How Much Does It Cost To Hire A Ghostwriter?

Should I Write and Publish My Memoir?

Questions for a Ghostwriter

It’s Good Business to Write a Book!

Four Different Ghostwriting Methods

Why You Should Become an Author

After talking to many people, it seems clear that most want to write at least one book within their lifetime. It makes sense! For some, it’s a burning passion that can only be satisfied by completing the goal. Just thinking about the idea or being stuck in the middle of a book project is very unfulfilling, isn’t it?

Most people don’t desire to write a book because they crave fame and fortune. Instead, it’s more like they have something important to say and want to share that message with an audience, whether it be their memoir, useful information in their particular field, or a just fantastical story. Many people have a communication they wish heard.

However, while most everyone has something to say, many don’t have the time or skills necessary to put a book together.

That’s where I come in. As a ghostwriter, it’s my job to do what I can to help.

I speak from experience when I say that you will gain a sense of pride and self-confidence that’s unparalleled when you publish your first book. There’s nothing like seeing your name in print and getting reviews of praise from readers.

If you decide to tackle your book project yourself, my advice is to write from the heart and focus on helping others through your message. Your book will stay with readers long after they’ve finished it, influencing their lives and the lives of those they talk to about your book.

Perhaps you’ve already started on your book, but haven’t been able to finish it due to time constraints or writer’s block. Whatever the reason, don’t give up! You’ll run the risk of leaving an important life goal hanging in limbo, not to mention all the lives that could have been influenced through your message.

If you’re reading my blog, you’re most likely one of the many people who yearn to see their words in print, to see their name on a book cover. If so, then I urge you to find a way to complete your book. Too many people let the dream of being an author go unfulfilled.

I’ve ghostwritten nearly twenty books and have personally authored one, Chess Is Child’s Play – Teaching Techniques That Work. When I receive notes from readers about my book, it brightens my day tremendously. There’s nothing else like it! It’s wonderfully rewarding.

Whether you’re just getting started or already several chapters deep, if you find yourself stuck, let me know! I’d like to help in any way I can, be it offering writing tips and tricks, helping with self-publishing, editing or proofreading, or taking on your book project to free up your time. I have a large network of talented writers, editors, and proofreaders and can help find the perfect match for you.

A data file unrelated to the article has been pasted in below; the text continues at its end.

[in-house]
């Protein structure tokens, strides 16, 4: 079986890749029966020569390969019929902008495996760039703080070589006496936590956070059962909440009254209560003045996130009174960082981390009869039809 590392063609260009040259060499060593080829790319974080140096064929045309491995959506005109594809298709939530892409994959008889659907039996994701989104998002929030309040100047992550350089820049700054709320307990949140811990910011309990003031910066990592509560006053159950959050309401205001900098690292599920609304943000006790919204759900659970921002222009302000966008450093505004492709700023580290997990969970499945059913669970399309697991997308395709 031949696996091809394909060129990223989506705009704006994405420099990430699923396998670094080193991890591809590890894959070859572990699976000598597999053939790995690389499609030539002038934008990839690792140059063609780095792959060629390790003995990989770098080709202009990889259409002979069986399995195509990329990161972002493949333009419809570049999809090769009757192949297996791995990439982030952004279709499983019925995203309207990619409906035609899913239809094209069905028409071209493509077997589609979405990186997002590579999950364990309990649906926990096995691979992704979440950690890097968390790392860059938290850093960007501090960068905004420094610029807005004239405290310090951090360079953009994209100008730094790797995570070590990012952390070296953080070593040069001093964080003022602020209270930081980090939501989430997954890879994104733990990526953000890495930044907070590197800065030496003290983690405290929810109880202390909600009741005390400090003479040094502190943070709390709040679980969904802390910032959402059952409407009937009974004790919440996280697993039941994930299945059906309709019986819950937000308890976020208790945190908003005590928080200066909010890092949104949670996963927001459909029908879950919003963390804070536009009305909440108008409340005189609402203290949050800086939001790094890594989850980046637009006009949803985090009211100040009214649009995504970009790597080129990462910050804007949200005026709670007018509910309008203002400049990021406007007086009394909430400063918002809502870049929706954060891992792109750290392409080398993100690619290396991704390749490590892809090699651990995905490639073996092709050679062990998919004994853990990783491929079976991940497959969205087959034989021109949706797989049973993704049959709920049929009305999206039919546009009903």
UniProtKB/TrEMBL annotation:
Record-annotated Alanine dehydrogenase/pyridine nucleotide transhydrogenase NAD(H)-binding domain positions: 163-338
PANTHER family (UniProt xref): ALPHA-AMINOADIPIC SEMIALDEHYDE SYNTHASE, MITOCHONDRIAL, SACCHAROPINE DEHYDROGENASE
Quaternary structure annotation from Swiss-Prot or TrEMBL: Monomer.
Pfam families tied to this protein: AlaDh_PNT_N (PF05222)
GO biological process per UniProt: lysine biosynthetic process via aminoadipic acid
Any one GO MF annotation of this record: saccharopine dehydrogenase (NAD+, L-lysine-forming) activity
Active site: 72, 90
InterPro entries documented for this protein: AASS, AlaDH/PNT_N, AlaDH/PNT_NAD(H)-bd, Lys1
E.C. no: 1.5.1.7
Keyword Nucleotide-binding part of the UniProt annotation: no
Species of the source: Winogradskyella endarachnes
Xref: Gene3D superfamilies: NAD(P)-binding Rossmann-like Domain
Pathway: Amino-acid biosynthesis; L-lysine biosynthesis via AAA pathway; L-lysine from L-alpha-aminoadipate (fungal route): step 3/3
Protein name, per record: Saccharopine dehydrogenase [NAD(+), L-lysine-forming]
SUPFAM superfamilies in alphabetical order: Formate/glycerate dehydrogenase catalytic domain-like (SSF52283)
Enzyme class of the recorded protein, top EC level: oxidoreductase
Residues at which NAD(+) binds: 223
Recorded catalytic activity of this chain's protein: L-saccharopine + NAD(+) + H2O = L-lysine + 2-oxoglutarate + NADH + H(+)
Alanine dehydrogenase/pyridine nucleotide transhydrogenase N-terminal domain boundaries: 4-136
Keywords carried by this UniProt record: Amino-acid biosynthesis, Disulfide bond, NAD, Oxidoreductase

Feel free to email me any time. I’m here to help!

Additional articles you might find helpful:

How Much Does It Cost To Hire A Ghostwriter?

Should I Write and Publish My Memoir?

Questions for a Ghostwriter

It’s Good Business to Write a Book!

Four Different Ghostwriting Methods

Four Different Ghostwriting Methods

Photo by Tyler Nix on Unsplash

How do ghostwriters work? What is the ghostwriting process all about? I hear these questions a lot and would like to address them for you.

There are a variety of methods I use when helping someone write a book or a series of articles. I select the best method based on what the author needs and how much they have developed their ideas. After all, in the end, my client is my writing partner, and each relationship is quite different.

If you’re interested in hiring a ghostwriter, please write me and tell me which method makes the most sense to you.

Method 1: Your ideas, my words

The most common request I get is to write a book based on a rough sketch or outline of a book concept. The author has ideas, but hasn’t had the time to form the words. After all, writing fifty thousand words is time consuming!

In this case, I take all the written material they’ve compiled and interview the client. Then I write based solely on that information. I will often supplement chapters with research data where needed as well.

Method 2: Your ideas, your words

This option is surprisingly rare. Most people who have never written a book don’t know how to structure their ideas or material into a complete manuscript. They also have trouble communicating their thoughts so that others can understand them. And while some are able to write, most don’t have the time, which is why they’ve come to me.

However, there are times when a client has found the time to write but will submit pages to me to be rewritten. I use their words but restructure the flow and fix any other issues the author has been struggling with.

Method 3: My ideas, my words

This option is also rare, but once in a while a client will give me a broad topic and a few scattered ideas, and asks me to provide all the rest of the material. I know it may sound strange, but if the topic is within my scope, I can write an entire book based on my knowledge. However, the book still belongs to the client – it’s their idea, they are the author.